River otters are rambunctious, aquatic, streamlined mammals that spend much of their time in the water. These hydrodynamic members of the weasel family are voracious predators. This article will refer to the twelve species of river otter, information about sea otters can be viewed here. Read on to learn about the otter.
Description of the River Otter
River otters as a whole look quite similar to weasels. They have long, narrow bodies, with long tails and short legs. Otters have small, rounded ears, and long sensitive whiskers to help them feel the vibrations of their prey. All otters have webbed feet to help propel them through the water, and most species have sharp claws.
Interesting Facts About the River Otter
This group of animals is notorious for being adorable, but they are so much more than looks! Otters are wonderfully skilled predators, who display a number of interesting behaviors and traits.
- Not so Marine Mammal – The only otter species considered a true marine mammal is the sea otter. Sea otters aren’t the only otter that can be found in the sea (i.e. in a “marine” environment), but they are the only otter that spends most of its time in the water. River otter species hunt and travel in the water, but frequently rest and play on land.
- Fisi Maji – The spotted-necked otter lives in Africa, south of the Sahara. The natives call this otter fisi maji, which means “water hyena” in Swahili. This name reflects the otter’s hunting prowess and ferociousness.
- Problematic Pollution – Besides the damage caused to the entire ecosystem, otters are impacted in particular by pollution in a number of ways. While all animals are adversely affected by fish deaths and algae blooms, otters also suffer in coat quality. Pollutants destroy the waterproofing in their coats, reducing buoyance, and causing increased heat loss.
- Hold Your Breath! – Otters can hold their breath anywhere between five and eight minutes! The length of an otter’s dives depends on the individual species.
Habitat of the Otter
It is much easier to list the habitats that river otters don’t live in than to list the areas they do. The only types of ecosystems in which otters cannot be found are deserts, mountains, and polar regions. Basically, they can be found anywhere they have easy access to both land and water. You can commonly find them living in beaver dams.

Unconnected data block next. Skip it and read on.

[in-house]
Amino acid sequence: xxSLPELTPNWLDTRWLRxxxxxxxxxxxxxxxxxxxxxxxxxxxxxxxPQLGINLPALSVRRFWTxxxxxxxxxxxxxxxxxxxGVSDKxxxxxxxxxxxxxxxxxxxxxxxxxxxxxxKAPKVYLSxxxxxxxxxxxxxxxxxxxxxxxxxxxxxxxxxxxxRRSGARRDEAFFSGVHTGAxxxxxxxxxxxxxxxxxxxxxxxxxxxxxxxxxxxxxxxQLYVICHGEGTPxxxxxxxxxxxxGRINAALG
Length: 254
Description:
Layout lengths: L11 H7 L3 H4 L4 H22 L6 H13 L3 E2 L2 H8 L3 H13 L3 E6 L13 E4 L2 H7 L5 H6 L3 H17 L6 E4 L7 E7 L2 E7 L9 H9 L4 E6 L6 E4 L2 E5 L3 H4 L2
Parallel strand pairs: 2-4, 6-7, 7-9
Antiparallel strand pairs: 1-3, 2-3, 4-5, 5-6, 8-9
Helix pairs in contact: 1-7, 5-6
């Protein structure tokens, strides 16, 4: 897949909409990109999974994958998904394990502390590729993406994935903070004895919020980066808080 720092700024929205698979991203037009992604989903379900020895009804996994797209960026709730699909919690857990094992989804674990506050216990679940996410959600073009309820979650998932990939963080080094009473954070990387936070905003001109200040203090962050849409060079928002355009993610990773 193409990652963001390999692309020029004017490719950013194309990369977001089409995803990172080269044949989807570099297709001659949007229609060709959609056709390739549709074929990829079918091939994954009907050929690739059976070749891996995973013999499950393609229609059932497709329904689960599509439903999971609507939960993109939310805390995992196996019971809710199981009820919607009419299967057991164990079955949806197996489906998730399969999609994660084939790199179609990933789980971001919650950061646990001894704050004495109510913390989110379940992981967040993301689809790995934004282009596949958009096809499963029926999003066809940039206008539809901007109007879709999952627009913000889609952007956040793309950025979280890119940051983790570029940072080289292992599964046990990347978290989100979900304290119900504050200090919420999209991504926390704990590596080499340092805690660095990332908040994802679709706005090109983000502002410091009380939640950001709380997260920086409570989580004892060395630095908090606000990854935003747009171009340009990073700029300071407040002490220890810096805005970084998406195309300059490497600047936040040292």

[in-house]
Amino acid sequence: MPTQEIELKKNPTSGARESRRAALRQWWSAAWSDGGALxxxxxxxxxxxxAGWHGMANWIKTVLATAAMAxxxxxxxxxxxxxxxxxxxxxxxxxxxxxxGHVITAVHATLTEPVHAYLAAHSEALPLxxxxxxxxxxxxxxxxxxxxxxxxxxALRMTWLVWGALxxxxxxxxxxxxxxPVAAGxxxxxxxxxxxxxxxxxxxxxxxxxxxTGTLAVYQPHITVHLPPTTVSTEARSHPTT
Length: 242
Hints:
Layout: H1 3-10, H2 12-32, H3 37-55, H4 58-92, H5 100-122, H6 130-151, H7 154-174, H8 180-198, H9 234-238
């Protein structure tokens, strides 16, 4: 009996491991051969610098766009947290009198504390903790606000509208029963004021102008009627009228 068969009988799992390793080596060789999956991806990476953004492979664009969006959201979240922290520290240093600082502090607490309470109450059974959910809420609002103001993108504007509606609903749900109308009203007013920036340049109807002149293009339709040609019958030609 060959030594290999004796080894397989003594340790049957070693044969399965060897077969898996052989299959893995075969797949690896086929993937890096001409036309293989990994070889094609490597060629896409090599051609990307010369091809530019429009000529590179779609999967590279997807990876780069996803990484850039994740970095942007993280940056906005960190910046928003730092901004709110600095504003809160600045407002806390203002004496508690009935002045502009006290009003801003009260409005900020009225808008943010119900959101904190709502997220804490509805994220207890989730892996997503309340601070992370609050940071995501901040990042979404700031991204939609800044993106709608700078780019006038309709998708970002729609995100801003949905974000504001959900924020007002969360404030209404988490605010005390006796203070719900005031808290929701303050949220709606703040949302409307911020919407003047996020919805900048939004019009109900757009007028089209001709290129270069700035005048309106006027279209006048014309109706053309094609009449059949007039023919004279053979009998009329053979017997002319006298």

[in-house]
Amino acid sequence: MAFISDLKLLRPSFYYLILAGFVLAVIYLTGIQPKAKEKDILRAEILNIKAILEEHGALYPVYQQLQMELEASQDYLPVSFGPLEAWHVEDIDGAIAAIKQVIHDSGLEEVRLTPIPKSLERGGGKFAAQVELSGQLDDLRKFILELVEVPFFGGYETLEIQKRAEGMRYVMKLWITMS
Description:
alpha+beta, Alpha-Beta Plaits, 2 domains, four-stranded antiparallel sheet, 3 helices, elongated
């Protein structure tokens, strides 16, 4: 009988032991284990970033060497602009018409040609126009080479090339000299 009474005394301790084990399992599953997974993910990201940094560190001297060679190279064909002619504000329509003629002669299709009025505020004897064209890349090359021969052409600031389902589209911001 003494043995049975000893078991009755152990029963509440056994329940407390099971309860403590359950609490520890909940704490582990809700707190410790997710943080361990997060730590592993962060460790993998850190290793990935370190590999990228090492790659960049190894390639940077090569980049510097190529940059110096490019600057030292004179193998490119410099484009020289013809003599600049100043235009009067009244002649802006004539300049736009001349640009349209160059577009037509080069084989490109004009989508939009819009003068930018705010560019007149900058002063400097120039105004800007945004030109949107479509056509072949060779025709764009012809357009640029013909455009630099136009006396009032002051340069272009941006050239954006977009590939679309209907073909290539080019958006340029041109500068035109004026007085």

Distribution of the River Otter
As with their habitats, it is also easier to list locations you cannot find otters. The only continents without otters are Australia and Antarctica. Otter species can be found across Eurasia, Africa, India, Japan, Indonesia, North America, South America, and Central America.
Diet of the River Otter
River otters eat virtually anything that you can find near lakes or streams. They will feed on fish, invertebrates, frogs, clams, crayfish, and small mammals or birds. They use their long whiskers when swimming underwater to feel for the movement of their prey. This allows them to feed even in murky waters.
Otter and Human Interaction
Humans have hunted otters for centuries. They are prized for their thick, luxurious coats, known as pelts. Because these critters are secretive and shy animals they were commonly captured using traps or hunting dogs.
In some areas, otters are prized companions and partners, rather than walking pelts. The fishermen in Bangladesh have bred and raised smooth-coated otters for generations. They are trained to chase fish into the fisherman’s nets, and are rewarded with part of the catch and a safe home.
Does the River Otter Make a Good Pet
Otters are great hunters, partially because they have sharp little teeth and a strong jaw! Any animal with teeth can bite, but otters are particularly “munchy,” and should not be handled in any way. This makes them poor pets. Also, it is illegal in most states to own an otter.
River Otter Care
This animal must be provided with plenty of swimming space, as well as sufficient area on dry land to play and snooze. They are intelligent creatures that require lots of enrichment and positive reinforcement-based training to keep them happy and healthy. In zoos, otters are fed a meat-based commercial carnivore diet, fish, carrots, yams, potatoes, crayfish, and worms.
Behavior of the Otter
Most otter species are social, living in groups consisting of a mother and her various generations of pups. The males will often form bachelor groups, and separate from their mothers. They spend much of their time playing with one another and building social bonds. Otters have frequently been seen making slides in the riverbank, and zipping along them.
Reproduction of the Otter
Most species of otters are born in a den of some kind, either a tunnel or abandoned beaver dam. The mother (and sometimes the father as well) will care for the pups. When they are around one month old the pups begin to explore their den, and at two months old they learn to swim. At a year old, the young otters can survive on their own, and often venture off to make their own families.
Beliefs, Superstitions, and Phobias About the Otter
Japanese culture tells a number of tales involving otters, many of them involving shape shifting. Otters seem to be used as a symbol for tricksters, similar to the use of foxes in other folklore. They are said to play pranks on people when they shape shift, often involving the otter turning into a beautiful woman.